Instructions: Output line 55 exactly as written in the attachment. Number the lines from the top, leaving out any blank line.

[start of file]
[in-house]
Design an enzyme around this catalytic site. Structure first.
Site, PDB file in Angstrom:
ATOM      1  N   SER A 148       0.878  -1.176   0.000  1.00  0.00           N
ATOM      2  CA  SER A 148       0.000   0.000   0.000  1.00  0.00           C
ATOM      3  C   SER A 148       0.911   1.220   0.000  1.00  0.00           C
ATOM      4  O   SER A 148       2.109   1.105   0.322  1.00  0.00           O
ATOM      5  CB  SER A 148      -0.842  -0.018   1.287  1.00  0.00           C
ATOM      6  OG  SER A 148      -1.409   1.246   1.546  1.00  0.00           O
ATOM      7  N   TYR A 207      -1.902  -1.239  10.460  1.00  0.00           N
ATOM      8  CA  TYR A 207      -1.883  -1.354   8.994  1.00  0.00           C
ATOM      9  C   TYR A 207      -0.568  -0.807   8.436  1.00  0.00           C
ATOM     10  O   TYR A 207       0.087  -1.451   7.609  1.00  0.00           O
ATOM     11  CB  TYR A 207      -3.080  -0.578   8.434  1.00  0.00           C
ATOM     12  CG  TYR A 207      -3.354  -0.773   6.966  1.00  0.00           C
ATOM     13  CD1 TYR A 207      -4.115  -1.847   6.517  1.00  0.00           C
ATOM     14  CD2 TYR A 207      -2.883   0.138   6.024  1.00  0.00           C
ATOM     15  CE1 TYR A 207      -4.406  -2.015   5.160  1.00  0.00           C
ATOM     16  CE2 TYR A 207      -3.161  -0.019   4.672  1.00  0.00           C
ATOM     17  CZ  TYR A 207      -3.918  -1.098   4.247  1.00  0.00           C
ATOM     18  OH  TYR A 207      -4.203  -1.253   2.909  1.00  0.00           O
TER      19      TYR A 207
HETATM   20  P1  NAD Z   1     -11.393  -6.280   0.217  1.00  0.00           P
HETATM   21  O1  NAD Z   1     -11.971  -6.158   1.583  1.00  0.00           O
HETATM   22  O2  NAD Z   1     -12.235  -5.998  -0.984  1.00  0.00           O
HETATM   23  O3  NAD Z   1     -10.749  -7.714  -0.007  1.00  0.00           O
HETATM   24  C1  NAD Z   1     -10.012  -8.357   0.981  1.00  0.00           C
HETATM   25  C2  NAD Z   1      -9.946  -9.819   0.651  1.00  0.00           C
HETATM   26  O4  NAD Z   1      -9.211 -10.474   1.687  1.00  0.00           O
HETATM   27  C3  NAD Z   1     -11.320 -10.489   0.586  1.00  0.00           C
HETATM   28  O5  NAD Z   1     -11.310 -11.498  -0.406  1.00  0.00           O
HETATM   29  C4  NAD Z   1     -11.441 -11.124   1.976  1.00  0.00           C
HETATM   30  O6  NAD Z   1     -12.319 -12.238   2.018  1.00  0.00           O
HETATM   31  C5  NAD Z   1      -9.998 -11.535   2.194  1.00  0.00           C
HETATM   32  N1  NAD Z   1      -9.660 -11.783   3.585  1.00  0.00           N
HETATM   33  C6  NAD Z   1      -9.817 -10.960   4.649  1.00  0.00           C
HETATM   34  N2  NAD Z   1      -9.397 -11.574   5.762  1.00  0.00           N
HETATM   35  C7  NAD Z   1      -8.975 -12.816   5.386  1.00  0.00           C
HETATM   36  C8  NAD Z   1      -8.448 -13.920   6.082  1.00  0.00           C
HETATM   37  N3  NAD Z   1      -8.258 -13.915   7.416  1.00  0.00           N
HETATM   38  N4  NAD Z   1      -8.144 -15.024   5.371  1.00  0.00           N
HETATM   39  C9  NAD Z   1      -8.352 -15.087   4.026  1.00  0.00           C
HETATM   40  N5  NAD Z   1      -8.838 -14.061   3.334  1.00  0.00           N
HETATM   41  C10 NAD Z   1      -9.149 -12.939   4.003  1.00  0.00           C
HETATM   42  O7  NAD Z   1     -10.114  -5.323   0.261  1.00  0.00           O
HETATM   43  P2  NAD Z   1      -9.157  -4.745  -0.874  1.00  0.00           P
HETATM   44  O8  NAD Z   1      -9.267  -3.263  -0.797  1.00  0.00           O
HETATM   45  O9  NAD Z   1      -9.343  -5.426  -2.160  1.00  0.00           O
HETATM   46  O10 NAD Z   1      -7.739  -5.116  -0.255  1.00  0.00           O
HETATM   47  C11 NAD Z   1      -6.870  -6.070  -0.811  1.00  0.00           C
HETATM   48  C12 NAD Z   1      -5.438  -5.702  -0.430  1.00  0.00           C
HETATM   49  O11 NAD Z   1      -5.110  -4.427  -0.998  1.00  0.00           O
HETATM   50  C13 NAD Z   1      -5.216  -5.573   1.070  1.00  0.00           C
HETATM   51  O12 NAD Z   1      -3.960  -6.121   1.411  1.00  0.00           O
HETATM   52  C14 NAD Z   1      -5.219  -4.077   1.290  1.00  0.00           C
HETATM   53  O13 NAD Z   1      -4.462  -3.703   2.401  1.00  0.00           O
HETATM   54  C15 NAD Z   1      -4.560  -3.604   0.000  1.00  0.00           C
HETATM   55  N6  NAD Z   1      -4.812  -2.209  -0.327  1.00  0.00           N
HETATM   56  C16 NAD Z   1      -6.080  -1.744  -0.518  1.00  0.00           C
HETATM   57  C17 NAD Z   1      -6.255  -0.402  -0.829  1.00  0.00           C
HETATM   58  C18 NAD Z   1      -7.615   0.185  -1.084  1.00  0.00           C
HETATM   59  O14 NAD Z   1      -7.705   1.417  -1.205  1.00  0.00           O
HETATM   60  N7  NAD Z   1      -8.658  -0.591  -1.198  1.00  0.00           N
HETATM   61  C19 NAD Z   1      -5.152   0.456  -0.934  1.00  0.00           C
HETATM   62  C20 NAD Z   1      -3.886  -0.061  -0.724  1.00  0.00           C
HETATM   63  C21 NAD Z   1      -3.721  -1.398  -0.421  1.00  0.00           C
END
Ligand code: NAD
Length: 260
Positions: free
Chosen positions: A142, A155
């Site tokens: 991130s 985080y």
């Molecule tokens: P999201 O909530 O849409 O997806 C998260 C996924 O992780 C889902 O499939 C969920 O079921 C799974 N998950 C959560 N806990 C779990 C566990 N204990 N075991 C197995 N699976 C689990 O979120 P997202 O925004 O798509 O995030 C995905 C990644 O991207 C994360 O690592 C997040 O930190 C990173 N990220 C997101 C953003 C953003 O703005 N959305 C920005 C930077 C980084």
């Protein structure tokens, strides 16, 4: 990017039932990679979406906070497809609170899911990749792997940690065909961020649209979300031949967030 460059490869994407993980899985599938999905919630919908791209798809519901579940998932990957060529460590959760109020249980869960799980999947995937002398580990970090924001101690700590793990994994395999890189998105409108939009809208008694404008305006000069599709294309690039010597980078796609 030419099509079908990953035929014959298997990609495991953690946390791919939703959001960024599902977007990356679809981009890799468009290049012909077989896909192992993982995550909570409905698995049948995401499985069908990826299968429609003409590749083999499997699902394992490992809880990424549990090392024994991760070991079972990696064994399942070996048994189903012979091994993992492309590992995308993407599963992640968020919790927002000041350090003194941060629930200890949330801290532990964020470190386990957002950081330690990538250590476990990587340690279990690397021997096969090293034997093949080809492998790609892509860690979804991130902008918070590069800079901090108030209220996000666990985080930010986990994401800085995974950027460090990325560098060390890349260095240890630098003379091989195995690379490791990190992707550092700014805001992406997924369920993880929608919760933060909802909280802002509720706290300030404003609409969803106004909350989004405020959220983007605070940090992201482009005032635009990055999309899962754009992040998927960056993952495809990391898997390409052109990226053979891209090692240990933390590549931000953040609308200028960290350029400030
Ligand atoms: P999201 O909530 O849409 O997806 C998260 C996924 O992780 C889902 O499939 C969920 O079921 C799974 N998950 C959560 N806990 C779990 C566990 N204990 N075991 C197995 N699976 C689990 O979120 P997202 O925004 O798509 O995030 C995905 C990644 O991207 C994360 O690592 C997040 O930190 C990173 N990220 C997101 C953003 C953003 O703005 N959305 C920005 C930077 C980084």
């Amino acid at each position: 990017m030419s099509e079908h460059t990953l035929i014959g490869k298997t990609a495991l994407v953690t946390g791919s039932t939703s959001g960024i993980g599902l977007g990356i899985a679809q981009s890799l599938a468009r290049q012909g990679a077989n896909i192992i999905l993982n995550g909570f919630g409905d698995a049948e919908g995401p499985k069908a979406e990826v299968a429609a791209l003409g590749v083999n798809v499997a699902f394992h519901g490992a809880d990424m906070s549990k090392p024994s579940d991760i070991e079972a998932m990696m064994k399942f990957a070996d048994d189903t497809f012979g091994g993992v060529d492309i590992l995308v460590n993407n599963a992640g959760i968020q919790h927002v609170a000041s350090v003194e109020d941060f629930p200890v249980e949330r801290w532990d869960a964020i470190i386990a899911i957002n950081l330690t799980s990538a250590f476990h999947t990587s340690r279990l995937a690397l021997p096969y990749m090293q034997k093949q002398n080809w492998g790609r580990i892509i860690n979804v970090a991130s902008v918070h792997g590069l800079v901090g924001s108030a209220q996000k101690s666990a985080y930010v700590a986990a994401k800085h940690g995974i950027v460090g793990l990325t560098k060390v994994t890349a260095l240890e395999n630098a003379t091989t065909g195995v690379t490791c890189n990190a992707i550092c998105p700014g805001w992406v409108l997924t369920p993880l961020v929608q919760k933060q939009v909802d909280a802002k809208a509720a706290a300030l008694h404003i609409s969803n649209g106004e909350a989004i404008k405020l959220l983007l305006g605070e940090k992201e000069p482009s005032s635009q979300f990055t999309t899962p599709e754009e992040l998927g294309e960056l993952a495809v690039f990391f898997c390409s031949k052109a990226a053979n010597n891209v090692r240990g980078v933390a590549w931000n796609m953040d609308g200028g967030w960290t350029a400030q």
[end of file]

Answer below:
HETATM   52  C14 NAD Z   1      -5.219  -4.077   1.290  1.00  0.00           C